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California Coast

650 miles with 36,000 feet of climbing
Day 1: Fort Bragg - Bodega Bay (113 miles 7,400 feet)
Day 2: Bodega Bay - Half Moon Bay (101 miles 7,000 feet)
Day 3: Half Moon Bay - Carmel (111 miles 4,900 feet)
Day 4: Carmel - Cambria (98 miles 6,600 feet)
Day 5: Cambria - Solvang (115 miles 4,900 feet)
Day 6: Solvang - Malibu (114 miles 5,200 feet)

California Coast • Description

This ride covers 650 miles of the about 2,000 mile long Pacific Coast Bicycle Route between Canada and Mexico. It leads through parts of Northern California, all along the Central Coast, and through parts of Southern California.
The ride is designed to be a six day series of centuries finishing in Los Angeles. While there is not a single major climb, the overall amount of climbing is significant. Most of the route follows Highway 1, also known as Pacific Coast Highway, Coast Highway, Shoreline Highway, and Cabrillo Highway - one of the most scenic roads in America.
California Coast - Day 1 • Route Profile
Route Profile • Fort Bragg to Bodega Bay

Fort Bragg to Bodega Bay • Climbs

Cat. 3: Mile 89
Cat. 4: Mile 19, 28, 81, 93, and 102

Fort Bragg to Bodega Bay • Description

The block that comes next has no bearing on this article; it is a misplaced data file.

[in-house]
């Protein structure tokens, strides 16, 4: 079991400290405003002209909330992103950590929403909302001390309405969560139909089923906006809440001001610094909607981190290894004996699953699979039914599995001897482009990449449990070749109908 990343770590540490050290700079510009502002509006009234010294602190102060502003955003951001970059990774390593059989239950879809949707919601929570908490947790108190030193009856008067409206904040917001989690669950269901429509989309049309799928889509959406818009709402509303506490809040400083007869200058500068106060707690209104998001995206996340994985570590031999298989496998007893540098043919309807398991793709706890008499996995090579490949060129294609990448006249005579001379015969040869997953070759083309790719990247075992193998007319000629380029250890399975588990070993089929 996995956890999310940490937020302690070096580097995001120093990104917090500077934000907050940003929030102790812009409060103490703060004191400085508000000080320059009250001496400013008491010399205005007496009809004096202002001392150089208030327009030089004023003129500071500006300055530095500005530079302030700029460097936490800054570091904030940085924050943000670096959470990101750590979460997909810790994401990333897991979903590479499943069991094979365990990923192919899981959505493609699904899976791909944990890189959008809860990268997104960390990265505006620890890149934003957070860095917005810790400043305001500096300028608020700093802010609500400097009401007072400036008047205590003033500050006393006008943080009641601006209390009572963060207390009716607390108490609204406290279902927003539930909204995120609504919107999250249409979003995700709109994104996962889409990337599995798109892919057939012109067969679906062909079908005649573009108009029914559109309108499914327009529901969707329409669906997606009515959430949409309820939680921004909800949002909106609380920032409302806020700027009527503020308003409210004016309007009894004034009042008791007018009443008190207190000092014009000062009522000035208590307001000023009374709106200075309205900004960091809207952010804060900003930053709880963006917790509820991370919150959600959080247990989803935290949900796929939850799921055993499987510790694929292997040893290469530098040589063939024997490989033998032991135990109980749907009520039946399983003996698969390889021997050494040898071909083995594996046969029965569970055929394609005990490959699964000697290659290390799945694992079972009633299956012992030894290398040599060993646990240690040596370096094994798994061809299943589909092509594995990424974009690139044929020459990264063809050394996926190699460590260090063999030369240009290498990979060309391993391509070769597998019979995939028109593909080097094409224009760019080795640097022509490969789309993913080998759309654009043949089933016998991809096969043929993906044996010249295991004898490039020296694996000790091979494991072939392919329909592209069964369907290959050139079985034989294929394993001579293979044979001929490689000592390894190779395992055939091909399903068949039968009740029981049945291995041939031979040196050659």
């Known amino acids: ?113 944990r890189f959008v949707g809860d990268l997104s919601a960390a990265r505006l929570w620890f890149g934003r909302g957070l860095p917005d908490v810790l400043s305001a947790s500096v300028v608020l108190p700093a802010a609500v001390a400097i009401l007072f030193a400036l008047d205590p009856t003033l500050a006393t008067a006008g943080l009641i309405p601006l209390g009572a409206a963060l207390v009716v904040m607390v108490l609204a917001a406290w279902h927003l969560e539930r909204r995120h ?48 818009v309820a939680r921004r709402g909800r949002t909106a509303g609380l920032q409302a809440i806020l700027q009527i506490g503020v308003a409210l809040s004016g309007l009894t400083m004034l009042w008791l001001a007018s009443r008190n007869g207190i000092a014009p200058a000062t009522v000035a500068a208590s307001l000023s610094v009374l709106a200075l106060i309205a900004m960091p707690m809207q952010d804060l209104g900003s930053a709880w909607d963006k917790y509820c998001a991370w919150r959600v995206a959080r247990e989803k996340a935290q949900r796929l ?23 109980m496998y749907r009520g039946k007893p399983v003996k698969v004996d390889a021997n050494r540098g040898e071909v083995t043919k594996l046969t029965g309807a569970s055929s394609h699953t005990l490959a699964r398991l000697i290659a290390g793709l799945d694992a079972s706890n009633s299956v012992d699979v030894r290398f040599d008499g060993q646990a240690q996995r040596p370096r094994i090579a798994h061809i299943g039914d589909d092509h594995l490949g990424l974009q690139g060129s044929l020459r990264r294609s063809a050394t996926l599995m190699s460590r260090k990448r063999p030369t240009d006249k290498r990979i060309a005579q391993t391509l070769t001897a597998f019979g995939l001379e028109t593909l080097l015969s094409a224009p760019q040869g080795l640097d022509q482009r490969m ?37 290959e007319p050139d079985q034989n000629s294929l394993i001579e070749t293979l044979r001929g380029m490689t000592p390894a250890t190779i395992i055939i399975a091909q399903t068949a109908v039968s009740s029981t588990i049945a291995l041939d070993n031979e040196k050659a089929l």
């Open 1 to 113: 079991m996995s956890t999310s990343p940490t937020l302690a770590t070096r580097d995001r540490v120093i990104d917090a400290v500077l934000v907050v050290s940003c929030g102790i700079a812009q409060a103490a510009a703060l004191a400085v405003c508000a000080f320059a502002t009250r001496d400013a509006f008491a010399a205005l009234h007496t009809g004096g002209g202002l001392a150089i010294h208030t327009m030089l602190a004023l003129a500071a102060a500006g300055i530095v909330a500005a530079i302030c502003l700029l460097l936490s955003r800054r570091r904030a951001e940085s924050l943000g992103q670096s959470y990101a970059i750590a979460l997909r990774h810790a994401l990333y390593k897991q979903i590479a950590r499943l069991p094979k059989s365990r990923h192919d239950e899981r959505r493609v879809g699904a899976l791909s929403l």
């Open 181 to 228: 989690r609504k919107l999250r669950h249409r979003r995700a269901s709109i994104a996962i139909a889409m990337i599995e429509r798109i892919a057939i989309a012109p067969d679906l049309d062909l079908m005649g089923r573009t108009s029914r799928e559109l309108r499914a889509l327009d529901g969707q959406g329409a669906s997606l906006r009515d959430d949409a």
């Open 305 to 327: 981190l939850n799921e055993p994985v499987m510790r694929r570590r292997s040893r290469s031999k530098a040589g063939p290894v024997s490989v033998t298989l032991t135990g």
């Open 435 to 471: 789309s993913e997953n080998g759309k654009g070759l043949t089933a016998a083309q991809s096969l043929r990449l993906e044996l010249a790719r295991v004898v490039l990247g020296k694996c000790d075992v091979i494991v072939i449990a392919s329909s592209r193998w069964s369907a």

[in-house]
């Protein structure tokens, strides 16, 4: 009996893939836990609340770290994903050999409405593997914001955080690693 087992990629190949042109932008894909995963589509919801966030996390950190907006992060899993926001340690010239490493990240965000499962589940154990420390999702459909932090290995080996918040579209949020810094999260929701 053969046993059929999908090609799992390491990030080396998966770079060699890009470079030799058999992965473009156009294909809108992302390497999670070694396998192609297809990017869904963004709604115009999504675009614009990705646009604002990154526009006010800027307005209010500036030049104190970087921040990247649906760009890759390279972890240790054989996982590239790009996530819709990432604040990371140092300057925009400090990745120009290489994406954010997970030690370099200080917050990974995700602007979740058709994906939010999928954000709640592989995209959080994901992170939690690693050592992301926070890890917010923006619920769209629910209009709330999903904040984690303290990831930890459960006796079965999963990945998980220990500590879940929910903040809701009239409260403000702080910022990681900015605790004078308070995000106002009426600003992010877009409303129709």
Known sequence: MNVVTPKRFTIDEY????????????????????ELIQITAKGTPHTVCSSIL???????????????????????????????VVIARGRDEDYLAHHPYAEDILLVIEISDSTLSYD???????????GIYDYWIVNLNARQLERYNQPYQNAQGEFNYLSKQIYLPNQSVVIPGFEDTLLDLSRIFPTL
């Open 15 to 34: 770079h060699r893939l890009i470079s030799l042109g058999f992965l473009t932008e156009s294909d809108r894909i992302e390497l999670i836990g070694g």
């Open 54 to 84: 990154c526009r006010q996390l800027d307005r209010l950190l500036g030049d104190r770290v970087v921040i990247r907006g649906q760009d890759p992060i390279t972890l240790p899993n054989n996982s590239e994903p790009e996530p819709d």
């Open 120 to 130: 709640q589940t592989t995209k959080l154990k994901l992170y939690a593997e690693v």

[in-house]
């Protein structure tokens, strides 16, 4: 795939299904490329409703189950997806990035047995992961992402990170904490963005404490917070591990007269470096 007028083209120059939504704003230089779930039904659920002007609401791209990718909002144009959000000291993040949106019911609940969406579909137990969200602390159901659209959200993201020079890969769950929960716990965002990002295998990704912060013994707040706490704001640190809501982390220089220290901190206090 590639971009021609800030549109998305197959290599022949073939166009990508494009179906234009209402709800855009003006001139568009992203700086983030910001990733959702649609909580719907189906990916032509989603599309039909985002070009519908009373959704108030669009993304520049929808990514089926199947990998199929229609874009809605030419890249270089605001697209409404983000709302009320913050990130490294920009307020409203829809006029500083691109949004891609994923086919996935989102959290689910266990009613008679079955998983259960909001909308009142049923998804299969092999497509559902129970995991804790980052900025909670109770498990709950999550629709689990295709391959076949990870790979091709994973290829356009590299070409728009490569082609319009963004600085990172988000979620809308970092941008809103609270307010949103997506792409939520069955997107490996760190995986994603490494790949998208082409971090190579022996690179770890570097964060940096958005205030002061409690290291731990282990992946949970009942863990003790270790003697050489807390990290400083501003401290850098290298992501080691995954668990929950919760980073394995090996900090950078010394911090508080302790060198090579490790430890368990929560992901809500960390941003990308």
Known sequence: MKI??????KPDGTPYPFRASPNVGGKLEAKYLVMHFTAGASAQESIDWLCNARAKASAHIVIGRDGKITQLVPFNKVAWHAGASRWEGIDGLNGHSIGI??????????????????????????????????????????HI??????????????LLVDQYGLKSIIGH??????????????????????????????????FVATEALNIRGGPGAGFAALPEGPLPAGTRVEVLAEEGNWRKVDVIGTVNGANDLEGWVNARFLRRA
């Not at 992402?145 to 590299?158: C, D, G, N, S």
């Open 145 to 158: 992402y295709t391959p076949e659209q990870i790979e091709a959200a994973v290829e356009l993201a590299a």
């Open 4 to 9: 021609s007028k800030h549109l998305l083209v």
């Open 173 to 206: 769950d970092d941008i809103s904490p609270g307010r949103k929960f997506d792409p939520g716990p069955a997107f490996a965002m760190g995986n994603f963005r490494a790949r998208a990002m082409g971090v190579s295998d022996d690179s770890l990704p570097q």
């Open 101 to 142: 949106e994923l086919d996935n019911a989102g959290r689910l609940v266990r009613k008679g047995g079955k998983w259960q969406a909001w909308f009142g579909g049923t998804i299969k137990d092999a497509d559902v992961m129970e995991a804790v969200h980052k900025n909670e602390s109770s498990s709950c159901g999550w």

Day one starts in Fort Bragg, a once booming logging town surrounded by redwood forests. The route simply follows the Coast Highway. Two worthwhile options include a detour through the town of Mendocino and an out-and-back visit of Point Arena Lighthouse. Fort Ross, a former Russian settlement, is another point of interest along the course. The route visits several small towns and includes a mentionable climb near Jenner.
California Coast - Day 2 • Route Profile
Route Profile • Bodega Bay to Half Moon Bay

Bodega Bay to Half Moon Bay • Climbs

Cat. 3: Mile 56 and 79
Cat. 4: Mile 1, 8, 13, 38, 49, 67, 71, and 88

Bodega Bay to Half Moon Bay • Description

The second day starts in Bodega Bay, known as setting for Alfred Hitchcock's "The Birds". The route again follows Shoreline Highway. An alternate on quiet back-country roads is available between Valley Ford and Tomales. While many cyclists choose an inland route when approaching San Francisco, this ride follows the more scenic but less safe Highway 1, climbing the Pacific shoulder of Mount Tamalpais. The section through San Francisco and its suburbs requires the use of surface roads. South of San Francisco on the Coast Highway, the route includes a climb and following descent through an area known for landslides and erosion, referred to as "Devil's Slide".
California Coast - Day 3 • Route Profile
Route Profile • Half Moon Bay to Carmel

Half Moon Bay to Carmel • Climbs

Cat. 4: Mile 8, 11, and 13

Half Moon Bay to Carmel • Description

Day three starts in Half Moon Bay, the oldest city of San Mateo County, and leads through a large rural agriculture area. The ride continues on Cabrillo Highway until Santa Cruz, optionally using the former stagecoach route through Pescadero, which runs parallel to the coast. Starting in Santa Cruz, the course follows surface roads and the bike path until Monterey peninsula. One of the highlights of the day includes 17-Mile Drive, which passes by famous Pebble Beach Golf Course.
California Coast - Day 4 • Route Profile
Route Profile • Carmel to Cambria

Carmel to Cambria • Climbs

Cat. 3: Mile 67 and 28
Cat. 4: Mile 16, 63, and 73

Carmel to Cambria • Description